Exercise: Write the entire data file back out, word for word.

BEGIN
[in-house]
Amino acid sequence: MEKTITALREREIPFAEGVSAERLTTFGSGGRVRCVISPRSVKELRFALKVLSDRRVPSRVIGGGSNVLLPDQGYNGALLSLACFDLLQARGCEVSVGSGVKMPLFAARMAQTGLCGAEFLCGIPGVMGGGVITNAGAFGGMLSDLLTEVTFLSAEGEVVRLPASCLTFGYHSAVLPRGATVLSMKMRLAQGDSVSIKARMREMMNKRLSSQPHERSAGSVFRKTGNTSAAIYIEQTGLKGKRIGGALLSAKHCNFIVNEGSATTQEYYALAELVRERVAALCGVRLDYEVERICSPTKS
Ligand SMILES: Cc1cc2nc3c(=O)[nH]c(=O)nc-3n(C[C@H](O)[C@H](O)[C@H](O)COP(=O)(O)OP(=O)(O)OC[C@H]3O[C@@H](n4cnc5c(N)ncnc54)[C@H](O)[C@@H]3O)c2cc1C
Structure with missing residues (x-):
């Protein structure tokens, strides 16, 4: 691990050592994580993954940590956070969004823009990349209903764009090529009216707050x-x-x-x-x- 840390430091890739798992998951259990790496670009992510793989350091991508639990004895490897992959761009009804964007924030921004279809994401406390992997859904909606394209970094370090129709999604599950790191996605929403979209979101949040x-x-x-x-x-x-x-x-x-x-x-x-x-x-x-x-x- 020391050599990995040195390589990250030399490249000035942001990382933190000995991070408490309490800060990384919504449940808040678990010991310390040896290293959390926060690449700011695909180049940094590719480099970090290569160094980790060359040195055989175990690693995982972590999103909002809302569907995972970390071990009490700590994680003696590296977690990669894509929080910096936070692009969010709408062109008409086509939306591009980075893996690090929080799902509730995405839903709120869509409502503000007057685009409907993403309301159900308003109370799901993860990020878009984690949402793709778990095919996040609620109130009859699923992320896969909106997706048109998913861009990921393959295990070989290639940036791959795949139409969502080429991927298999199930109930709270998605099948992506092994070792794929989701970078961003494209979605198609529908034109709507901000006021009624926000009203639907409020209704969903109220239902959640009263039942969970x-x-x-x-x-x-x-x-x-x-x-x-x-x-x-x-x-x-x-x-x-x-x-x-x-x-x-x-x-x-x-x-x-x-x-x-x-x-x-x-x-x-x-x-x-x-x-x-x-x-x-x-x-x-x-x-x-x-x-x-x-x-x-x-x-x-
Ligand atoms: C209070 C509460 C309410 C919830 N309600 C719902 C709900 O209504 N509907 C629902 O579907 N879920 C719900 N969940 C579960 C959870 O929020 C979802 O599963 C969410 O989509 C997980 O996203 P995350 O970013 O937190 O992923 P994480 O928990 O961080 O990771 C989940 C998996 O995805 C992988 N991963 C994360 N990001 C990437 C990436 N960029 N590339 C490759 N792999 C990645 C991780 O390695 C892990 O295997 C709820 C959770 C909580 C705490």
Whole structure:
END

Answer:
[in-house]
Amino acid sequence: MEKTITALREREIPFAEGVSAERLTTFGSGGRVRCVISPRSVKELRFALKVLSDRRVPSRVIGGGSNVLLPDQGYNGALLSLACFDLLQARGCEVSVGSGVKMPLFAARMAQTGLCGAEFLCGIPGVMGGGVITNAGAFGGMLSDLLTEVTFLSAEGEVVRLPASCLTFGYHSAVLPRGATVLSMKMRLAQGDSVSIKARMREMMNKRLSSQPHERSAGSVFRKTGNTSAAIYIEQTGLKGKRIGGALLSAKHCNFIVNEGSATTQEYYALAELVRERVAALCGVRLDYEVERICSPTKS
Ligand SMILES: Cc1cc2nc3c(=O)[nH]c(=O)nc-3n(C[C@H](O)[C@H](O)[C@H](O)COP(=O)(O)OP(=O)(O)OC[C@H]3O[C@@H](n4cnc5c(N)ncnc54)[C@H](O)[C@@H]3O)c2cc1C
Structure with missing residues (x-):
């Protein structure tokens, strides 16, 4: 691990050592994580993954940590956070969004823009990349209903764009090529009216707050x-x-x-x-x- 840390430091890739798992998951259990790496670009992510793989350091991508639990004895490897992959761009009804964007924030921004279809994401406390992997859904909606394209970094370090129709999604599950790191996605929403979209979101949040x-x-x-x-x-x-x-x-x-x-x-x-x-x-x-x-x- 020391050599990995040195390589990250030399490249000035942001990382933190000995991070408490309490800060990384919504449940808040678990010991310390040896290293959390926060690449700011695909180049940094590719480099970090290569160094980790060359040195055989175990690693995982972590999103909002809302569907995972970390071990009490700590994680003696590296977690990669894509929080910096936070692009969010709408062109008409086509939306591009980075893996690090929080799902509730995405839903709120869509409502503000007057685009409907993403309301159900308003109370799901993860990020878009984690949402793709778990095919996040609620109130009859699923992320896969909106997706048109998913861009990921393959295990070989290639940036791959795949139409969502080429991927298999199930109930709270998605099948992506092994070792794929989701970078961003494209979605198609529908034109709507901000006021009624926000009203639907409020209704969903109220239902959640009263039942969970x-x-x-x-x-x-x-x-x-x-x-x-x-x-x-x-x-x-x-x-x-x-x-x-x-x-x-x-x-x-x-x-x-x-x-x-x-x-x-x-x-x-x-x-x-x-x-x-x-x-x-x-x-x-x-x-x-x-x-x-x-x-x-x-x-x-
Ligand atoms: C209070 C509460 C309410 C919830 N309600 C719902 C709900 O209504 N509907 C629902 O579907 N879920 C719900 N969940 C579960 C959870 O929020 C979802 O599963 C969410 O989509 C997980 O996203 P995350 O970013 O937190 O992923 P994480 O928990 O961080 O990771 C989940 C998996 O995805 C992988 N991963 C994360 N990001 C990437 C990436 N960029 N590339 C490759 N792999 C990645 C991780 O390695 C892990 O295997 C709820 C959770 C909580 C705490």
Whole structure: